“Brazilian hotels, the most expensive in the world”.
“Rio de Janeiro, the most expensive city of the Americas”.
“Accommodation in São Paulo or Rio de Janeiro is more expensive than in Berlin”.
The media headlines tell the story of how expensive Brazil has become in recent years. An overvalued local currency means foreign tourists will discover today Brazil is a very expensive country. Price of accommodation in particular will be a sore issue in all traveling budgets.
O Globo magazine published recently a cover where the comparisons are established between prices in Rio de Janeiro and elsewhere in the world.
Haircut more expensive than in London.
Croissant more expensive than in Paris.
Bellini more expensive than in Venice.
Cupcake more expensive than in New York.
Movies more expensive than in Madrid.
Bicycle hire more expensive than in Amsterdam.
Yoga lessons more expensive than in Hollywood.
Gym more expensive than in Madonna’s gym in Mexico City.
Trip up to the Corcovado Mountain more expensive than the boat to the Statue of Liberty.
Trip up the Sugar Loaf Mountain more expensive than reaching the top of the Eiffel Tower.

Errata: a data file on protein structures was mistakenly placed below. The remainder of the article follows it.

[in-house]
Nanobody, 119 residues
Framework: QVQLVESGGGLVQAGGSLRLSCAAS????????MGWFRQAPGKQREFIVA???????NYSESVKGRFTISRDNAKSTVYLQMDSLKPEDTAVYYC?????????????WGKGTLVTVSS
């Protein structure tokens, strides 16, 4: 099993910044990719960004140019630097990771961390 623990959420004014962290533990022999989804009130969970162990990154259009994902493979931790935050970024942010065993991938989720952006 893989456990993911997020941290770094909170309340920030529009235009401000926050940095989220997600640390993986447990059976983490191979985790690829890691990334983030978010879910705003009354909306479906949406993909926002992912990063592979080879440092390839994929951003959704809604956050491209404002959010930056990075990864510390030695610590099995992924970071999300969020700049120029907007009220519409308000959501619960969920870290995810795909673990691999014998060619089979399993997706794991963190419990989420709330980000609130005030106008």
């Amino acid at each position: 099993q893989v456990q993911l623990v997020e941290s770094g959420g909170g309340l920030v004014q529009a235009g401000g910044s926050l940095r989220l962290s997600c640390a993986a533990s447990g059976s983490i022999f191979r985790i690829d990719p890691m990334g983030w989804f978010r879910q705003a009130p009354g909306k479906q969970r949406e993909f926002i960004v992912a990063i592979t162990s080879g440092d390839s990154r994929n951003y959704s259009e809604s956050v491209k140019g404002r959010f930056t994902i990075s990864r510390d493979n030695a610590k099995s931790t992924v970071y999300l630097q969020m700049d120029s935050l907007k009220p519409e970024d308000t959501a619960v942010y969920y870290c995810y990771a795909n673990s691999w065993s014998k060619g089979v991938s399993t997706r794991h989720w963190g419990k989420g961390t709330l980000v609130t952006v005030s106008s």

Let’s reach for another source. The ranking of the most expensive cities in the world by XPatulator. It takes into account cost of living and on its April 2011 edition it includes the following cities on its top 15:
- Tokyo (Japan)
- Caracas (Venezuela)
- Hong Kong (China)
- Geneve (Switzerland)
- Zurich (Switzerland)
- Osaka (Japan)
- São Paulo (Brazil)
- Nagoya (Japan)
- Vaduz (Liechtenstein)
- Oslo (Norway)
- Rio de Janeiro (Brazil)
- Sydney (Australia)
- Yokohama (Japan)
- Brasilia (Brazil)
- Canberra (Australia)
Three Brazilian cities appear in the list.
Brazil has become such an expensive country for tourism than even Brazilian themselves are choosing to travel abroad rather than spending their own holidays home – expenditure by Brazilian tourists abroad is breaking all records (Turistas brasileiros gastam US$ 4,7 bi no exterior em 2011).
Let’s hope for better times for foreign tourism in Brazil. The current price situation is anything but encouraging.
since 2003, the value of Brazilian real has increased 122 percent against the once mighty dollar